2015 Domaine Perrot-Minot Morey-St-Denis 1er Cru "La Riotte" (Previously $150)

SKU #1317150 94 points Wine Spectator

 A mix of wild berry, spice, tobacco and stone flavors, this red is taut and compact on the finish. Austere for now, yet packed with fruit, this ends with a chalky sensation. Best from 2022 through 2036. (BS)  (5/2018)

90-93 points Allen Meadows - Burghound

 A notably more elegant nose blends notes of red currant and dark cherry with those of violet, spice and warm earth. Here too the medium-bodied flavors possess a beguiling texture before terminating in a complex and beautifully persistent finish. This somehow manages to be dense and serious yet elegant.  (1/2017)

91-93 points Robert Parker's Wine Advocate

 The 2015 Morey-Saint-Denis 1er Cru La Riotte has a very attractive bouquet with joyful maraschino cherry, cassis and blueberry scents permeated by cold stone, almost flinty aromas. This is very well defined. The palate is crisp on the entry with fine tannin, layers of pure red and black fruit and well-judged acidity. It conveys the typicité of this premier cru with style and panache and as such, it constitutes one of Christophe Perrot-Minot's best offerings this year. This comes recommended. (NM)  (12/2016)

91-93 points Vinous

 Bright medium-dark red. More cherry than raspberry on the nose, with complicating notes of brown spices, menthol, crushed rock and white pepper. Silky but taut and energetic, with sappy saline minerality giving tension to the middle palate. The wine's nervy stony quality is nicely buffered by its subtly sweet red fruits. This pure, penetrating wine offers noteworthy finesse. (ST)  (1/2017)

Jancis Robinson

 Cask sample. Texture with a bit of dryness on the nose. Sweet start and then some real texture and substance on the palate. Sweet cherries to begin with. But a bit dry on the end. 16.5/20  (11/2016)

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Pinot Noir

- One of France's most legendary grapes and the grape that earned Burgundy its reputation. The parent of varietals like Pinot Gris/Grigio and Pinot Blanc, Pinot Noir is blue to violet to indigo in color with relatively thin skins, and it is said to have been cultivated in France for more than 2,000 years. At its best, Pinot Noir creates elegant wines that are filled with primary red fruit aromas and flavors while young, revealing with an array of secondary characteristics like earth, smoke, violet, truffle and game with age. The varietal is also known, perhaps better than any, for its ability to translate terroir, or a sense of place. While the best Pinot Noir still comes from Burgundy, it is being produced with increasing success in cooler climates around the world. In France, it is part of the trifecta of grapes that can go into Champagne, and it is also grown in Alsace, Irancy, Jura, Savoie, Lorraine and Sancerre. Outside of France it is produced under the names Pinot Nero and Blauburgunder in Italy's mountainous regions, as Spätburgunder in Germany and as Blauburgunder in Austria. In the US, Pinot Noir has found suitable growing conditions in the cooler parts of California, including Carneros, the Russian River Valley, the Anderson Valley, the Sonoma Coast, Monterey County, the Santa Lucia Highlands and Santa Barbara County, as well as in Oregon's Willamette Valley. In recent years, New Zealand has demonstrated its ability to interpret this hard-to-grow varietal, with successful bottlings coming from careful and attentive growers in Central Otago, Martinborough and Canterbury. Chile is also an up-and-coming region for Pinot Noir, creating fresh, fruit-forward, early-drinking and affordable Pinots from the coastal Casablanca Valley and the Limari Valley.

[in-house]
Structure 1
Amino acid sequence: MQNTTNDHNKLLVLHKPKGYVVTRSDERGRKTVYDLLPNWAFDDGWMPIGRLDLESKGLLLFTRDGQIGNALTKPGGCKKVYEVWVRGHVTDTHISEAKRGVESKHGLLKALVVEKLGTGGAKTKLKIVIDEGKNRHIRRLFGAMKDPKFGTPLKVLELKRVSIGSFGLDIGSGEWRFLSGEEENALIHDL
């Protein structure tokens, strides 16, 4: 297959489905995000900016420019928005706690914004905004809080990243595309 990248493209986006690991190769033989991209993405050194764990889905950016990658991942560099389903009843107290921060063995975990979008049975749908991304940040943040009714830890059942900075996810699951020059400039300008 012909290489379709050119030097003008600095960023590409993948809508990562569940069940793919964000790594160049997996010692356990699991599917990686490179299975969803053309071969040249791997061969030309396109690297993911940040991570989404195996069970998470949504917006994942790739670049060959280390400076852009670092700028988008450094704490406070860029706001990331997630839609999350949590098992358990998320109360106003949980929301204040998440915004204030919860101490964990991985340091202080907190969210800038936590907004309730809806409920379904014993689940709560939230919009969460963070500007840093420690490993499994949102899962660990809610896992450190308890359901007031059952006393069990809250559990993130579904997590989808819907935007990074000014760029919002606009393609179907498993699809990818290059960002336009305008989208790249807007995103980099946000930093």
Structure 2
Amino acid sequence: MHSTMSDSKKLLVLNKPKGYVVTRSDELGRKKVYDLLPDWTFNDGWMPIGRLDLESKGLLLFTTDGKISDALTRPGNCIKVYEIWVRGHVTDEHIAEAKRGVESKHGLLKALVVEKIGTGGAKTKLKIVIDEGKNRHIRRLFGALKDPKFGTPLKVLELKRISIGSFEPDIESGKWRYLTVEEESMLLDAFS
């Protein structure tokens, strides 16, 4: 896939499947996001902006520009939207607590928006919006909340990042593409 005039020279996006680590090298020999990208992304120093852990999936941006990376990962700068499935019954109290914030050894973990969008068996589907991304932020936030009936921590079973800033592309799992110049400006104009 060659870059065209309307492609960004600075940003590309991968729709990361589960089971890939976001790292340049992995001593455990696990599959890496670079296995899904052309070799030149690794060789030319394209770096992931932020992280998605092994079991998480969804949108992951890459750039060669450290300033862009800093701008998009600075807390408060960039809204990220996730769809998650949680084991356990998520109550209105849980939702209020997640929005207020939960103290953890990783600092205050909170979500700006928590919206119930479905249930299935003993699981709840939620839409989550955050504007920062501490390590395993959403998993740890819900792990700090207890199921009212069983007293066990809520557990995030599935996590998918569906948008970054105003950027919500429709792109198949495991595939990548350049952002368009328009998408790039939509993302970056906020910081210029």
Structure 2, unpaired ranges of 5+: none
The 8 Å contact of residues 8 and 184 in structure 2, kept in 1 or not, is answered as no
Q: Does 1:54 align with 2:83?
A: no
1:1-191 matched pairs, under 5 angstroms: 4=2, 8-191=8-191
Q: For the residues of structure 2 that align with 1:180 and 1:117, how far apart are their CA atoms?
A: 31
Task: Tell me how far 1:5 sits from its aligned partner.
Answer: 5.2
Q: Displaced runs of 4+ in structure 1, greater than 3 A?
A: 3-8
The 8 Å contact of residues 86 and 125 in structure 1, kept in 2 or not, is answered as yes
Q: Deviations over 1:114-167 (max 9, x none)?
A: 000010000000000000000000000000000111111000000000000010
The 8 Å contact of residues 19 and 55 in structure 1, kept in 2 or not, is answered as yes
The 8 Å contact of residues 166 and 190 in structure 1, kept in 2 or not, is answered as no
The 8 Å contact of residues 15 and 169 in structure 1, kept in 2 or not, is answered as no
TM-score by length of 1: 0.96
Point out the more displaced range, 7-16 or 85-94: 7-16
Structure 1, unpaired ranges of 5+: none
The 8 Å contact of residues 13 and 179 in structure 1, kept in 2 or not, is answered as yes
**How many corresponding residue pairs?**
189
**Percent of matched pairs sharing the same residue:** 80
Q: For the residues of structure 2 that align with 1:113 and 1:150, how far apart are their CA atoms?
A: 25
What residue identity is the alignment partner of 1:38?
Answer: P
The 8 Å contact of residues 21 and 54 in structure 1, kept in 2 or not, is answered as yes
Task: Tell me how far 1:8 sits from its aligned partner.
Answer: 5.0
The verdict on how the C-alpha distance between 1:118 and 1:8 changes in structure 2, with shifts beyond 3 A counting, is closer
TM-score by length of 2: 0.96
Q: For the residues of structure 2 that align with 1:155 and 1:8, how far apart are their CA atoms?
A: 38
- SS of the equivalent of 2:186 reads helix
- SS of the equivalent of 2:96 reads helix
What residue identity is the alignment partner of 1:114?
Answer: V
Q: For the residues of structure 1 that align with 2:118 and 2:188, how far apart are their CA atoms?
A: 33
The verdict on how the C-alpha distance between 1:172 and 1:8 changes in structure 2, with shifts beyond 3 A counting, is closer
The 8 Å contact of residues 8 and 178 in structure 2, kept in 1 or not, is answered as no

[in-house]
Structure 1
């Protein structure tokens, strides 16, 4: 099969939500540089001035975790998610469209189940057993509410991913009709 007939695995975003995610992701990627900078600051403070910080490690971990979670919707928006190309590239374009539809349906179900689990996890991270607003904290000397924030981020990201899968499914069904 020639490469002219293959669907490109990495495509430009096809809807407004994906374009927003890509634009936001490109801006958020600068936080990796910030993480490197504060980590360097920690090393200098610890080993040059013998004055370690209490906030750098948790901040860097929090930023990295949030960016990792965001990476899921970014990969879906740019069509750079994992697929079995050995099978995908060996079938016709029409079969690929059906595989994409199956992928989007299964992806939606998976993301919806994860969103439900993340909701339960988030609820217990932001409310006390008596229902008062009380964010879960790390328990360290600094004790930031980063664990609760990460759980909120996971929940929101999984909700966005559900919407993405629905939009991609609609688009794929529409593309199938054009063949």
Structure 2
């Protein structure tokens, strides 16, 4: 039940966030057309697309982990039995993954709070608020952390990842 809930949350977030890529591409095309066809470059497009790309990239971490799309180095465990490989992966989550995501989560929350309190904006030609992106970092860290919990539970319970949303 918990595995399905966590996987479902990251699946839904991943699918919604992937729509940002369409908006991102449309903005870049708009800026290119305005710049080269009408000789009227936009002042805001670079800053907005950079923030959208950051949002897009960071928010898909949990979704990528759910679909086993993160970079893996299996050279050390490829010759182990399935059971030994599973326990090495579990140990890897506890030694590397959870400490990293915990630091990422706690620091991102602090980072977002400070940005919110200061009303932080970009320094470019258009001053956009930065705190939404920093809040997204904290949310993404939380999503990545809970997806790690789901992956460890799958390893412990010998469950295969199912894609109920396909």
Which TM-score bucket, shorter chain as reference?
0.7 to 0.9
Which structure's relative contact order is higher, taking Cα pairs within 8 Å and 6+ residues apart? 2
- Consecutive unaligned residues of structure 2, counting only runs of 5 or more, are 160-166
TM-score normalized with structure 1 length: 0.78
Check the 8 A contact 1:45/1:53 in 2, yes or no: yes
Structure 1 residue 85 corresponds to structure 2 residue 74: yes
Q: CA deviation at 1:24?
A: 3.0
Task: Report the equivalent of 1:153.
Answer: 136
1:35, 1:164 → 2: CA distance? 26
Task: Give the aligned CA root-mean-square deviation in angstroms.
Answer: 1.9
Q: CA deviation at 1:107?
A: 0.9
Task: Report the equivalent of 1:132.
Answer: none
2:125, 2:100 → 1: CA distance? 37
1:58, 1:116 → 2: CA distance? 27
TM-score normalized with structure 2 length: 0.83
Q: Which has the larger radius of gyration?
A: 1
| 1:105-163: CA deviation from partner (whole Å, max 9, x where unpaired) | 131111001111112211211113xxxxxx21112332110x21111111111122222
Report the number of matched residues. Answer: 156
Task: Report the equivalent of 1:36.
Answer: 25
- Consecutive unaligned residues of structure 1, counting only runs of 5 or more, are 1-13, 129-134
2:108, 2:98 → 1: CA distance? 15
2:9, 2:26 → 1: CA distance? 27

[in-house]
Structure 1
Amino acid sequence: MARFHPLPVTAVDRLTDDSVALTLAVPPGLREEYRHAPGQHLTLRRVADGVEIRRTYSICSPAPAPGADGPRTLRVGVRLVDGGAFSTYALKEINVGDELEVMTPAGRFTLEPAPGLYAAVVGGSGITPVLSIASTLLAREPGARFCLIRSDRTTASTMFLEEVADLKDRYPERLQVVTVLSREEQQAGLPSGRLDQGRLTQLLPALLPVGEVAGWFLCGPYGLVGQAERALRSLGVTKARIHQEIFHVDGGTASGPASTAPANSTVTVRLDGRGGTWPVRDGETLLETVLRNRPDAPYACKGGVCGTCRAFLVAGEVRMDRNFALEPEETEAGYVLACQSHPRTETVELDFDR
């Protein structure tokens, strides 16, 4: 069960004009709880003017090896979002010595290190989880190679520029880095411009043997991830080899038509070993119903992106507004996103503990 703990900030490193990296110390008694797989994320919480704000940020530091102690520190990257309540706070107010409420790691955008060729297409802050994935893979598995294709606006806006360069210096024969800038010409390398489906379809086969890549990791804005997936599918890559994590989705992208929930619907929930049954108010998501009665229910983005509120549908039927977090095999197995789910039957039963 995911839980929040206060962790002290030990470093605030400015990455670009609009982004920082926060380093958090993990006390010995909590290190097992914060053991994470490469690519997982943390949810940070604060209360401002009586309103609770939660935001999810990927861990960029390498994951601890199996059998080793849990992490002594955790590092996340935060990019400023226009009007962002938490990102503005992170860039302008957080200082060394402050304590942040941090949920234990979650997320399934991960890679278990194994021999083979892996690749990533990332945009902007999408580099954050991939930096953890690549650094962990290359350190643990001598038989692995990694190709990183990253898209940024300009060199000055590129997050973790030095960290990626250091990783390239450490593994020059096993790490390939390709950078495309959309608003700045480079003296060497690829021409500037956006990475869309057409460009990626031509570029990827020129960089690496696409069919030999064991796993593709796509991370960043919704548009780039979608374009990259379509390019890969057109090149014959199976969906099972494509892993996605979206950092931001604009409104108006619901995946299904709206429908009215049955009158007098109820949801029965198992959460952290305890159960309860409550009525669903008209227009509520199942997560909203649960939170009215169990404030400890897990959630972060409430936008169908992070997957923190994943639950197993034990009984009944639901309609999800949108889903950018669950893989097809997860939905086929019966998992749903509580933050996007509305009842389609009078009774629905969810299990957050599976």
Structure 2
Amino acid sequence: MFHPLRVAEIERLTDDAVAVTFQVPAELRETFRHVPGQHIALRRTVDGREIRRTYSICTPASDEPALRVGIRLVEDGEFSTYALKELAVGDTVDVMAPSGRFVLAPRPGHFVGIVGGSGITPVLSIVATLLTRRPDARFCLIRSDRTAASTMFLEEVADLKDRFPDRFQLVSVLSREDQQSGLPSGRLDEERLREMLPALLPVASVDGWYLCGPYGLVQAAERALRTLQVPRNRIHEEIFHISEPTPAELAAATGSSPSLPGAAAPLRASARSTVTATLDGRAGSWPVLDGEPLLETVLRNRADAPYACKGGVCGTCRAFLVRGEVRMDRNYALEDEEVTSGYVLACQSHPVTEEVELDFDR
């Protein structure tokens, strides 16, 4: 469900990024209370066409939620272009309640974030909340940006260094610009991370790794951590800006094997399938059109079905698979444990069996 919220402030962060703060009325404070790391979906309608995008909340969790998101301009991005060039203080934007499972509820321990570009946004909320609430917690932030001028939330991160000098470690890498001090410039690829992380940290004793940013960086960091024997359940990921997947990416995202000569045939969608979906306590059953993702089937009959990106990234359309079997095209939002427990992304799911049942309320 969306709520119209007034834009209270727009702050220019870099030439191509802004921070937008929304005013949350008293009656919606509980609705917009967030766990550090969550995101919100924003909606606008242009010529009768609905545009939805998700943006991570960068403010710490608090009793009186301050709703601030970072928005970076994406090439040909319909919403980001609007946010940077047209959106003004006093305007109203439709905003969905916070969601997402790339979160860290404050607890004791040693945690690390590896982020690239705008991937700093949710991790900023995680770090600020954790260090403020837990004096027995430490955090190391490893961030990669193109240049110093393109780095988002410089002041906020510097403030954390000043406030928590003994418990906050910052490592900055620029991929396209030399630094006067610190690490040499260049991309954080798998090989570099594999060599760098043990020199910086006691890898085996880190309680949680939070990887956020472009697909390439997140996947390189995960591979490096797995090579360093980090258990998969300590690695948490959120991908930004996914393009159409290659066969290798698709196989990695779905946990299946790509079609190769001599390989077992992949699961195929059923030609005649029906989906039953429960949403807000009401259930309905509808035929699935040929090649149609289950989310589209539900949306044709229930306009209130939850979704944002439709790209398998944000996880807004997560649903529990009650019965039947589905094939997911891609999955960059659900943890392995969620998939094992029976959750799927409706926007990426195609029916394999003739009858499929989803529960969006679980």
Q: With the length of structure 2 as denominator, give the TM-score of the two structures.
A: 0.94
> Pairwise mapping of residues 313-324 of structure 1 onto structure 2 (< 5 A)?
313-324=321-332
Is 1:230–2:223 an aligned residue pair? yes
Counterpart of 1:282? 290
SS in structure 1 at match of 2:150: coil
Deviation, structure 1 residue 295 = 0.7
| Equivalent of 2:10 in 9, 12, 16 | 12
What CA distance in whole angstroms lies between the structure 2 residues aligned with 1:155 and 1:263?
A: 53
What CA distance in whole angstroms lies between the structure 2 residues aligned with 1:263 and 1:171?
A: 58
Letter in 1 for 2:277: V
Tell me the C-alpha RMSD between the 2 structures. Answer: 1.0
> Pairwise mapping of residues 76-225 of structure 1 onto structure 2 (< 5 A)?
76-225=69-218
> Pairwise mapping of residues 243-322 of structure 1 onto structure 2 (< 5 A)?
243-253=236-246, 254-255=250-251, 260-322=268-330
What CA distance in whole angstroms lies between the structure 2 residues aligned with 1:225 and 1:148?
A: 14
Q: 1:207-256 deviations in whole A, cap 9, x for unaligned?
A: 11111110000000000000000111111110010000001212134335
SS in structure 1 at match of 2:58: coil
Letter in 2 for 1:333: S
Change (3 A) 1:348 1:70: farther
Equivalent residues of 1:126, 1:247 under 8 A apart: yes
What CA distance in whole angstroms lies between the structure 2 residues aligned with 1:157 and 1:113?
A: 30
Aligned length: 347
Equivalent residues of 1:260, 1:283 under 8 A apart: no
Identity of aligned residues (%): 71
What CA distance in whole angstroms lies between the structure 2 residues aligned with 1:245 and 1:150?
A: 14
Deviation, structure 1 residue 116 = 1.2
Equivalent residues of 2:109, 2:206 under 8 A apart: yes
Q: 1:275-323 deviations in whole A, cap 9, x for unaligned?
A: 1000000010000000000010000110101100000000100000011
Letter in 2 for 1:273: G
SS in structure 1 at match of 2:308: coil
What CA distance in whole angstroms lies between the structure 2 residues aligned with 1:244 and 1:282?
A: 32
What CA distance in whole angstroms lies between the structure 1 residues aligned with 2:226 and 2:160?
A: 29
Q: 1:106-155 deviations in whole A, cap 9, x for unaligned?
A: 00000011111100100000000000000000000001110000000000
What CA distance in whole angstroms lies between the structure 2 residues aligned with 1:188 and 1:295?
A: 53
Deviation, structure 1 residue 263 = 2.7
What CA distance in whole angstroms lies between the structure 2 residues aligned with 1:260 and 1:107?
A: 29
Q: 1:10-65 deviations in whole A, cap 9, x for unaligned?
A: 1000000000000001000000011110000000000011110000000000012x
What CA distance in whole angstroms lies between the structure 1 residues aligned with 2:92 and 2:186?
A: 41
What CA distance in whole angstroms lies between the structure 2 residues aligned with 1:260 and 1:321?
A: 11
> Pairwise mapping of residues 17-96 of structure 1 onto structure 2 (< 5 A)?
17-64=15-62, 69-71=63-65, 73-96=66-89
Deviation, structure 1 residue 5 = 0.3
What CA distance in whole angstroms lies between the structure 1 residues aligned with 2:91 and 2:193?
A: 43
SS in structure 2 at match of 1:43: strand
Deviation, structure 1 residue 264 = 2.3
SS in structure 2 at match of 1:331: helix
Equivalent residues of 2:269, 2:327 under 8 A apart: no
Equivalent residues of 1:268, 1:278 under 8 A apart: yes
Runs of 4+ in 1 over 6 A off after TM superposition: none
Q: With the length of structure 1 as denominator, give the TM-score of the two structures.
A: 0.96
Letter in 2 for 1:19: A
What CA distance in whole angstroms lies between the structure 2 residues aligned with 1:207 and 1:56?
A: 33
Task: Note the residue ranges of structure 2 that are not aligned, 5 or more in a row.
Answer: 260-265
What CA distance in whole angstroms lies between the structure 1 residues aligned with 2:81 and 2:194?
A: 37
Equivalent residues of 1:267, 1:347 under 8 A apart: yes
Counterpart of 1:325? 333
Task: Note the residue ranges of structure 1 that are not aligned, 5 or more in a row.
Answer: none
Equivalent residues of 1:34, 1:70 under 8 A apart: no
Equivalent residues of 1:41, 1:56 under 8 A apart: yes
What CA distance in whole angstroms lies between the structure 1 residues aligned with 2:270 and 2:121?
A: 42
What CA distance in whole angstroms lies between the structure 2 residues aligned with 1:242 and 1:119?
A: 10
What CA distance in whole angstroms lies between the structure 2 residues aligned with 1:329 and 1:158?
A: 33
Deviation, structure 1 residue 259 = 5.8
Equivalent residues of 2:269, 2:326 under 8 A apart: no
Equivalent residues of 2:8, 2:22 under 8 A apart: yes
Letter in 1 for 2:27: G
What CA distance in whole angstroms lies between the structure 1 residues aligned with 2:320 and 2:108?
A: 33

- When it comes to wine, France stands alone. No other country can beat it in terms of quality and diversity. And while many of its Region, Bordeaux, Burgundy and Champagne most obviously, produce wine as rare, as sought-after and nearly as expensive as gold, there are just as many obscurities and values to be had from little known appellations throughout the country. To learn everything there is to know about French wine would take a lifetime. To understand and appreciate French wine, one only has to begin tasting them.


- The province of eastern France, famous for its red wines produced from Pinot Noir and its whites produced from Chardonnay. (Small of amounts of Gamay and Aligoté are still grown, although these have to be labeled differently.) The most famous part of the region is known as the Côte d'Or (the Golden Slope). It is divided into the Côte de Beaune, south of the town of Beaune (famous principally for its whites), and the Côte de Nuits, North of Beaune (home of the most famous reds). In addition, the Côte Chalonnaise and the Mâconnais are important wine growing regions, although historically a clear level (or more) below the Côte d'Or. Also include by some are the regions of Chablis and Auxerrois, farther north.